Our beautiful, spunky, sweet and spicy mother and grandmother, Maribelle Wareham, age 88, passed away peacefully February 27, 2021, in Cedar City, Utah, of age-related causes. She was born on the kitchen table on an extremely cold winter day in Kremmling, Colorado, on February 7, 1933, to Horace Wills Brown and Loretta Jewell Sharrah Brown. She married Kenneth “Ray” Wareham June 22, 1952, in Kremmling where they spent their early married life. Ray and Maribelle later purchased a farm and made their home for over 60 years in Ferron, Utah, where they enjoyed extended family and many life-long friendships. Despite the difficulties of ranching in the area and enduring hard economic times, they expanded and developed a successful cattle operation oftentimes supported by Dad’s second job as a coalminer and later by Mom’s position as an elementary school teacher.
Before meeting Ray, Maribelle was living her dream working as horse trainer and jockey at the horse track in Kremmling. She caught Dad’s eye as she was waitressing at the local restaurant. Because he was working as a ranch hand, they had similar passions and seemingly a perfect match. She quickly said “Yes” despite her parents’ objection because she had not finished her college degree.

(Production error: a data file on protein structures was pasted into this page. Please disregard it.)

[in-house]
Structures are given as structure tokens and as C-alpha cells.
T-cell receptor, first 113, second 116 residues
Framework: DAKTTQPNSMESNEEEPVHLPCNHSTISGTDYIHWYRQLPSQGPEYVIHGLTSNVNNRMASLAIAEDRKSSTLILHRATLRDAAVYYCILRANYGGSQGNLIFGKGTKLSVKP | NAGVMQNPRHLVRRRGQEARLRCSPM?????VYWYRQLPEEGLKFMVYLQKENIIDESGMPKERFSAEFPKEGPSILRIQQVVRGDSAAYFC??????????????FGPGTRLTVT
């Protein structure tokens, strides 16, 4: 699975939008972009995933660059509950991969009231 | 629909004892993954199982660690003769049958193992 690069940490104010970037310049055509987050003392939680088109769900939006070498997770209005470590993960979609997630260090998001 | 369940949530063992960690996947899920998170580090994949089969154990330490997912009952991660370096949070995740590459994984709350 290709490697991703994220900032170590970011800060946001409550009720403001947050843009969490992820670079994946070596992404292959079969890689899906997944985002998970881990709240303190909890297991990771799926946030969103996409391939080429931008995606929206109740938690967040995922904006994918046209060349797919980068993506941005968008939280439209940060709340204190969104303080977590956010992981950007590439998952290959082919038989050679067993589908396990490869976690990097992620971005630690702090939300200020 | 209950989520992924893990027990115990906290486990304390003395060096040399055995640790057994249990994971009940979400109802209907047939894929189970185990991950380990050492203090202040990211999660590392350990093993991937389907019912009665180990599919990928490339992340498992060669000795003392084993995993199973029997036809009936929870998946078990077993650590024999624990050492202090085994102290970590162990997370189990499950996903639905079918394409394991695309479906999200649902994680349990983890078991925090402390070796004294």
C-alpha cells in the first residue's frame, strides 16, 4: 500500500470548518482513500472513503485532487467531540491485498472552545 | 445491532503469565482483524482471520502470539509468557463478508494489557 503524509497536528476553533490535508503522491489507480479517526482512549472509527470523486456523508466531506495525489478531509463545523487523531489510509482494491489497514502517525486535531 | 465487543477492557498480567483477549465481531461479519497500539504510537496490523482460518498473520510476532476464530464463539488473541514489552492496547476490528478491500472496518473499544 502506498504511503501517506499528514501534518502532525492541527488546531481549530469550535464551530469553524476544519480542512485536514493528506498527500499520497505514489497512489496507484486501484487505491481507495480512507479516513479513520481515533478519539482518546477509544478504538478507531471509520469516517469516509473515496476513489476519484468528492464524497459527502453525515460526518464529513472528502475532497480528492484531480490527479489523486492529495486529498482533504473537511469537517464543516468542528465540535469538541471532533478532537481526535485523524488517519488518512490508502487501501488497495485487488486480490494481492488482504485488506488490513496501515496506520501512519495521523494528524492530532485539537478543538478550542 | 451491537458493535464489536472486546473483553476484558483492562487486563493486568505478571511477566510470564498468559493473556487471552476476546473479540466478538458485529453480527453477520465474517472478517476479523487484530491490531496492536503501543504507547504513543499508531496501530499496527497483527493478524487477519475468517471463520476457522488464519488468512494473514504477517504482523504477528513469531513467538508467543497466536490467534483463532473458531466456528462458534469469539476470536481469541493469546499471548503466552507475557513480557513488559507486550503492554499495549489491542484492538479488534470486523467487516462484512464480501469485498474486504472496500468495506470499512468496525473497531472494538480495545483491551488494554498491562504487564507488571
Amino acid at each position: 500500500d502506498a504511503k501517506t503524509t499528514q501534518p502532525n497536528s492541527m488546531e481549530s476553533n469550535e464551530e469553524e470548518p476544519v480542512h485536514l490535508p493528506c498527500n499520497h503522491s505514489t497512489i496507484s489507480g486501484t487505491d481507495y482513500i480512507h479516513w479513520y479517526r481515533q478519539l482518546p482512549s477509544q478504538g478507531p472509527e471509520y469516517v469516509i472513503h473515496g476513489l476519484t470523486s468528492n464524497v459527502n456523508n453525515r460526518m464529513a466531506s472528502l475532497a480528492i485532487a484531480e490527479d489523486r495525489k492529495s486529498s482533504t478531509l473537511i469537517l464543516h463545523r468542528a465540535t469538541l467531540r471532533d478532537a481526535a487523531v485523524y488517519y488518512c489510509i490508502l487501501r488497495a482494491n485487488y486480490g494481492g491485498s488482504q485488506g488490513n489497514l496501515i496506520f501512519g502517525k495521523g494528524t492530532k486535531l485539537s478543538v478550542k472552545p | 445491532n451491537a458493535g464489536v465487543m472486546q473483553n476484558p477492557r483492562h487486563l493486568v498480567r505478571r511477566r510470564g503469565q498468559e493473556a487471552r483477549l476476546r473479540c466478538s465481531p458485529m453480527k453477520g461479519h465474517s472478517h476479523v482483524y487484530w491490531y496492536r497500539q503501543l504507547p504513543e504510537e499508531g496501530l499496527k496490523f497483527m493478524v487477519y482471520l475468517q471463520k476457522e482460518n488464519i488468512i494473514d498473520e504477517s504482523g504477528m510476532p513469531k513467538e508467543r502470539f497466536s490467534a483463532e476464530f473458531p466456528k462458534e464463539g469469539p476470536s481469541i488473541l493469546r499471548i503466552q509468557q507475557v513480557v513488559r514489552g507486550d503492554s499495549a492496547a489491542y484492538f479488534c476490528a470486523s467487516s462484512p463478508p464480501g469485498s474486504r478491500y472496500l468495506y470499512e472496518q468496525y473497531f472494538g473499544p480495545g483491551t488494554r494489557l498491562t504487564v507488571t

Mom loved horses and did not miss an opportunity to bet a quarter on a horse-race at Peach Days, participate in the riding club, or compete in a barrel race where she once won 4th place in the State on her beloved Dodger Jim. Horses were her true passion and she supported Dad’s dream of owning his own cattle ranch and dabbling in horse racing where their horses won several futurities throughout the State. Maribelle was a member of the American Legion Auxiliary, Emery County Historical Society, and welcomed as a member of Daughter of the Utah Pioneers. Mom and Dad were honored as Grand Marshalls of the 2008 Peach Day Parade and happy to be driven by their son Wills atop his 1967 Corvette Convertible.
Maribelle joined the Church of Jesus Christ of Latter-Day Saints in 1964 and was sealed to Ray and her family in the Manti Temple
in 1969. Their children are Wills Phillip Wareham (deceased), Kit C and Alma Wareham (Cedar City), and Ginger and John Wiscombe
(Washington, Utah). Maribelle is also survived by seven grandchildren and nine great-grandchildren Clinton and Brittni Wiscombe (Taylen and Teagan), Rebecca and Scott Portlock (Nicholas), Cassidy and Jeremy Hymas (Jaidyn, Kaycen, Bridger and Adriana), Jordan (Trey and Mack), Logan Wareham, Kelsey Rae Wareham, Myra Wareham, and many nieces and nephews.
She was preceded in death by her oldest grandson Dana Wareham and very recently by her only sibling, Charles Thomas Brown.